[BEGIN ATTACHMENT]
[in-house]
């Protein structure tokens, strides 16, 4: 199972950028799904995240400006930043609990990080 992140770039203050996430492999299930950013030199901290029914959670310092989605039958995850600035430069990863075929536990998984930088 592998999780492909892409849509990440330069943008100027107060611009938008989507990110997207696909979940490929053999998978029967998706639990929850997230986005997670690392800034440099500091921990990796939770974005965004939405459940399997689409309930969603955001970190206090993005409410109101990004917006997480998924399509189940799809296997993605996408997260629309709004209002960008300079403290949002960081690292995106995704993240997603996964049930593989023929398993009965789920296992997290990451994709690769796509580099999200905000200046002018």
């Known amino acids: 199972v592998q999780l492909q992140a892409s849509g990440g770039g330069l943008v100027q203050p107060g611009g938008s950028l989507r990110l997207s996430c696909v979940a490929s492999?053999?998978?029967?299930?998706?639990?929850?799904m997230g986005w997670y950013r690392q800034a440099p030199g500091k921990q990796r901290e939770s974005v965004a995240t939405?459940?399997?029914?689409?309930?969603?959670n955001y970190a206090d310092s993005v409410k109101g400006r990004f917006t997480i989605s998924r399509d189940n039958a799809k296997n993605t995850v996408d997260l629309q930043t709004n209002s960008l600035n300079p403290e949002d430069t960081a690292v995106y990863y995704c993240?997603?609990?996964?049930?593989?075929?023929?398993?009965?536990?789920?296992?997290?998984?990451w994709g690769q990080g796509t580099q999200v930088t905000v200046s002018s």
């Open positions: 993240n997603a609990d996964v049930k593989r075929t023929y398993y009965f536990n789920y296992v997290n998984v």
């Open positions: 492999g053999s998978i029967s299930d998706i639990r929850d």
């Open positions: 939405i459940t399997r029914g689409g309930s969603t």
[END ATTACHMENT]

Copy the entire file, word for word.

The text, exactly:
[in-house]
């Protein structure tokens, strides 16, 4: 199972950028799904995240400006930043609990990080 992140770039203050996430492999299930950013030199901290029914959670310092989605039958995850600035430069990863075929536990998984930088 592998999780492909892409849509990440330069943008100027107060611009938008989507990110997207696909979940490929053999998978029967998706639990929850997230986005997670690392800034440099500091921990990796939770974005965004939405459940399997689409309930969603955001970190206090993005409410109101990004917006997480998924399509189940799809296997993605996408997260629309709004209002960008300079403290949002960081690292995106995704993240997603996964049930593989023929398993009965789920296992997290990451994709690769796509580099999200905000200046002018």
């Known amino acids: 199972v592998q999780l492909q992140a892409s849509g990440g770039g330069l943008v100027q203050p107060g611009g938008s950028l989507r990110l997207s996430c696909v979940a490929s492999?053999?998978?029967?299930?998706?639990?929850?799904m997230g986005w997670y950013r690392q800034a440099p030199g500091k921990q990796r901290e939770s974005v965004a995240t939405?459940?399997?029914?689409?309930?969603?959670n955001y970190a206090d310092s993005v409410k109101g400006r990004f917006t997480i989605s998924r399509d189940n039958a799809k296997n993605t995850v996408d997260l629309q930043t709004n209002s960008l600035n300079p403290e949002d430069t960081a690292v995106y990863y995704c993240?997603?609990?996964?049930?593989?075929?023929?398993?009965?536990?789920?296992?997290?998984?990451w994709g690769q990080g796509t580099q999200v930088t905000v200046s002018s």
């Open positions: 993240n997603a609990d996964v049930k593989r075929t023929y398993y009965f536990n789920y296992v997290n998984v």
């Open positions: 492999g053999s998978i029967s299930d998706i639990r929850d």
């Open positions: 939405i459940t399997r029914g689409g309930s969603t």